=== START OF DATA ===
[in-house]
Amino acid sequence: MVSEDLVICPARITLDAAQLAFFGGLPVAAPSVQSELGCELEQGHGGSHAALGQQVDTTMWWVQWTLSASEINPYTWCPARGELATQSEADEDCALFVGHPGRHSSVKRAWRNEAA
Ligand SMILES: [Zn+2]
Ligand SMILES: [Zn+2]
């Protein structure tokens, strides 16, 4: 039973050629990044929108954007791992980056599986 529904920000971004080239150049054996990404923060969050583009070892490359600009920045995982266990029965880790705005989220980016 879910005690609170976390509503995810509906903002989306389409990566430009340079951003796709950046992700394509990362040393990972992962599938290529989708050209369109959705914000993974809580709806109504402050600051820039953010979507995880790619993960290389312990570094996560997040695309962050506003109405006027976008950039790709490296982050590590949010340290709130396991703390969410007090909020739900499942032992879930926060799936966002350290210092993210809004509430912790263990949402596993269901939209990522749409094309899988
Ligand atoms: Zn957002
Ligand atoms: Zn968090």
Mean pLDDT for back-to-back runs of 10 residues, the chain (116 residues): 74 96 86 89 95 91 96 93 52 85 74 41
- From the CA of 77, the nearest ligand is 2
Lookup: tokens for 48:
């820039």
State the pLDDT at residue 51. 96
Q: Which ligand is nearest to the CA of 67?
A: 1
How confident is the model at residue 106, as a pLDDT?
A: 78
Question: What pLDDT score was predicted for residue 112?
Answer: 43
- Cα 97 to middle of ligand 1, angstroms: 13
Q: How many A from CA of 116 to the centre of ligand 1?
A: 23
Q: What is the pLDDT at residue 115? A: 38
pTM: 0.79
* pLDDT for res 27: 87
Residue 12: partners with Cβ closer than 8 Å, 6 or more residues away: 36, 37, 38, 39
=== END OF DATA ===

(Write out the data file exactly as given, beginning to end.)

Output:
[in-house]
Amino acid sequence: MVSEDLVICPARITLDAAQLAFFGGLPVAAPSVQSELGCELEQGHGGSHAALGQQVDTTMWWVQWTLSASEINPYTWCPARGELATQSEADEDCALFVGHPGRHSSVKRAWRNEAA
Ligand SMILES: [Zn+2]
Ligand SMILES: [Zn+2]
């Protein structure tokens, strides 16, 4: 039973050629990044929108954007791992980056599986 529904920000971004080239150049054996990404923060969050583009070892490359600009920045995982266990029965880790705005989220980016 879910005690609170976390509503995810509906903002989306389409990566430009340079951003796709950046992700394509990362040393990972992962599938290529989708050209369109959705914000993974809580709806109504402050600051820039953010979507995880790619993960290389312990570094996560997040695309962050506003109405006027976008950039790709490296982050590590949010340290709130396991703390969410007090909020739900499942032992879930926060799936966002350290210092993210809004509430912790263990949402596993269901939209990522749409094309899988
Ligand atoms: Zn957002
Ligand atoms: Zn968090």
Mean pLDDT for back-to-back runs of 10 residues, the chain (116 residues): 74 96 86 89 95 91 96 93 52 85 74 41
- From the CA of 77, the nearest ligand is 2
Lookup: tokens for 48:
């820039």
State the pLDDT at residue 51. 96
Q: Which ligand is nearest to the CA of 67?
A: 1
How confident is the model at residue 106, as a pLDDT?
A: 78
Question: What pLDDT score was predicted for residue 112?
Answer: 43
- Cα 97 to middle of ligand 1, angstroms: 13
Q: How many A from CA of 116 to the centre of ligand 1?
A: 23
Q: What is the pLDDT at residue 115? A: 38
pTM: 0.79
* pLDDT for res 27: 87
Residue 12: partners with Cβ closer than 8 Å, 6 or more residues away: 36, 37, 38, 39